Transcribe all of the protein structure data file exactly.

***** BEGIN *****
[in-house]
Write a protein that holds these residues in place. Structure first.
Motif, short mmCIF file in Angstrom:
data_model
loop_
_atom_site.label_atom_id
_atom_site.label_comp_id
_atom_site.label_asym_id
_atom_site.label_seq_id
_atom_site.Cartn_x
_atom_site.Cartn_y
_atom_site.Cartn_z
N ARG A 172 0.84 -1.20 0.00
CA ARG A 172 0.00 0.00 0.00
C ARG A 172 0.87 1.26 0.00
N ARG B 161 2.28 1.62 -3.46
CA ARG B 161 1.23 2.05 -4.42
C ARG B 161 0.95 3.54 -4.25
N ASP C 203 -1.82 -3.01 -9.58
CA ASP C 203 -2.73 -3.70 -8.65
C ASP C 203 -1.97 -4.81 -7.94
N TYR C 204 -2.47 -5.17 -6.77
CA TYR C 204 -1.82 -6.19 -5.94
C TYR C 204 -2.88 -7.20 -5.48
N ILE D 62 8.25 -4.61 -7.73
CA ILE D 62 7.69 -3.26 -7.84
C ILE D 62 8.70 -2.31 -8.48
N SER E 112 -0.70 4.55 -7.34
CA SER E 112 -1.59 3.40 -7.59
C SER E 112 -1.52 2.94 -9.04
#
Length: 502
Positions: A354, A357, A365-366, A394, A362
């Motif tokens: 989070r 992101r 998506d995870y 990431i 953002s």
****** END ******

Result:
[in-house]
Write a protein that holds these residues in place. Structure first.
Motif, short mmCIF file in Angstrom:
data_model
loop_
_atom_site.label_atom_id
_atom_site.label_comp_id
_atom_site.label_asym_id
_atom_site.label_seq_id
_atom_site.Cartn_x
_atom_site.Cartn_y
_atom_site.Cartn_z
N ARG A 172 0.84 -1.20 0.00
CA ARG A 172 0.00 0.00 0.00
C ARG A 172 0.87 1.26 0.00
N ARG B 161 2.28 1.62 -3.46
CA ARG B 161 1.23 2.05 -4.42
C ARG B 161 0.95 3.54 -4.25
N ASP C 203 -1.82 -3.01 -9.58
CA ASP C 203 -2.73 -3.70 -8.65
C ASP C 203 -1.97 -4.81 -7.94
N TYR C 204 -2.47 -5.17 -6.77
CA TYR C 204 -1.82 -6.19 -5.94
C TYR C 204 -2.88 -7.20 -5.48
N ILE D 62 8.25 -4.61 -7.73
CA ILE D 62 7.69 -3.26 -7.84
C ILE D 62 8.70 -2.31 -8.48
N SER E 112 -0.70 4.55 -7.34
CA SER E 112 -1.59 3.40 -7.59
C SER E 112 -1.52 2.94 -9.04
#
Length: 502
Positions: A354, A357, A365-366, A394, A362
């Motif tokens: 989070r 992101r 998506d995870y 990431i 953002s």